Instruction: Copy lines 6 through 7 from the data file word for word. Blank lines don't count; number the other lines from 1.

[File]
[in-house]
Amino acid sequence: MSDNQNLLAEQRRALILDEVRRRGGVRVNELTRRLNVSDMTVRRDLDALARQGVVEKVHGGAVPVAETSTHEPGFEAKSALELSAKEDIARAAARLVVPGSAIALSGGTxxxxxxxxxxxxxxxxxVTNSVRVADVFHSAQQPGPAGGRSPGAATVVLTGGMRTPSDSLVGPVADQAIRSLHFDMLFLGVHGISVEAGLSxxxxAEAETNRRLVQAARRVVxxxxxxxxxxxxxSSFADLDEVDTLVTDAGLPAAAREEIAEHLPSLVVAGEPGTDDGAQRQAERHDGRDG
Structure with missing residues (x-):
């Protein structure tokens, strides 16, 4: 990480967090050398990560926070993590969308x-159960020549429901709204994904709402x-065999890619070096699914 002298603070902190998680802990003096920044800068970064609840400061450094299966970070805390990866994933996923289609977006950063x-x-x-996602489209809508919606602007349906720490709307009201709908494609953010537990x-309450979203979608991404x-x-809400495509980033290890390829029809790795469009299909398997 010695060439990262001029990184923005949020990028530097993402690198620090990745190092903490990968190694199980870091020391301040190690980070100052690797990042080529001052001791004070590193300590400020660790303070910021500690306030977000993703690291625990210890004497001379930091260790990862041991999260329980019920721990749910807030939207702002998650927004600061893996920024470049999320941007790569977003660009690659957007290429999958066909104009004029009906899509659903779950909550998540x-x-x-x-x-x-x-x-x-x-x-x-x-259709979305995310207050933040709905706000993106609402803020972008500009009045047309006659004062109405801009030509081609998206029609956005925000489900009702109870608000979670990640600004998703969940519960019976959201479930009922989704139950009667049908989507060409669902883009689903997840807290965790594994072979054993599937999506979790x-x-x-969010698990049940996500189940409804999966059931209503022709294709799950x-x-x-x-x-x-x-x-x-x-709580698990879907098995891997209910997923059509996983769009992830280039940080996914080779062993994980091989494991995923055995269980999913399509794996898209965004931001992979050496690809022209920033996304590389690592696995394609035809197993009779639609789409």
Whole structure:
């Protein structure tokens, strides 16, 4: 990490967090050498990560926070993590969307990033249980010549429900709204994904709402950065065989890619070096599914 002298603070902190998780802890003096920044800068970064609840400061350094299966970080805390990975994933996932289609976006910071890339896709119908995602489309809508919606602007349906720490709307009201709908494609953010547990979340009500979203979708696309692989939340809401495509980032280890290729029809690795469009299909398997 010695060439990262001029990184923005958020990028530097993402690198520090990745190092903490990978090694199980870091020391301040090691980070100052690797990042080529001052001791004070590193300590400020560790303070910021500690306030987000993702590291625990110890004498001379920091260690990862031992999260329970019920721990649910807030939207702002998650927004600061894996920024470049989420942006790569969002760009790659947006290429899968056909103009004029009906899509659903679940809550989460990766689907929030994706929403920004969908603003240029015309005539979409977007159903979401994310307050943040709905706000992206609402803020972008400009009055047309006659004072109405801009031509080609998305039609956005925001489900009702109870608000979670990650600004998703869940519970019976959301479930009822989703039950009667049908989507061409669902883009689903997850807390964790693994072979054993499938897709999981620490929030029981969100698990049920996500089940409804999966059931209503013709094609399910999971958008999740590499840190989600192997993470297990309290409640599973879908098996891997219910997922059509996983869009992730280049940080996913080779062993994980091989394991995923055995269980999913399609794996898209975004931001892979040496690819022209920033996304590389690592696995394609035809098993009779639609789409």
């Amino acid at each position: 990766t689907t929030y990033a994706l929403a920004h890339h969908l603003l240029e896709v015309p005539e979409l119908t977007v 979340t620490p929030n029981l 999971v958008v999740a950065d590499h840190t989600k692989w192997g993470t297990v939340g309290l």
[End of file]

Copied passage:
């Protein structure tokens, strides 16, 4: 990490967090050498990560926070993590969307990033249980010549429900709204994904709402950065065989890619070096599914 002298603070902190998780802890003096920044800068970064609840400061350094299966970080805390990975994933996932289609976006910071890339896709119908995602489309809508919606602007349906720490709307009201709908494609953010547990979340009500979203979708696309692989939340809401495509980032280890290729029809690795469009299909398997 010695060439990262001029990184923005958020990028530097993402690198520090990745190092903490990978090694199980870091020391301040090691980070100052690797990042080529001052001791004070590193300590400020560790303070910021500690306030987000993702590291625990110890004498001379920091260690990862031992999260329970019920721990649910807030939207702002998650927004600061894996920024470049989420942006790569969002760009790659947006290429899968056909103009004029009906899509659903679940809550989460990766689907929030994706929403920004969908603003240029015309005539979409977007159903979401994310307050943040709905706000992206609402803020972008400009009055047309006659004072109405801009031509080609998305039609956005925001489900009702109870608000979670990650600004998703869940519970019976959301479930009822989703039950009667049908989507061409669902883009689903997850807390964790693994072979054993499938897709999981620490929030029981969100698990049920996500089940409804999966059931209503013709094609399910999971958008999740590499840190989600192997993470297990309290409640599973879908098996891997219910997922059509996983869009992730280049940080996913080779062993994980091989394991995923055995269980999913399609794996898209975004931001892979040496690819022209920033996304590389690592696995394609035809098993009779639609789409």
């Amino acid at each position: 990766t689907t929030y990033a994706l929403a920004h890339h969908l603003l240029e896709v015309p005539e979409l119908t977007v 979340t620490p929030n029981l 999971v958008v999740a950065d590499h840190t989600k692989w192997g993470t297990v939340g309290l």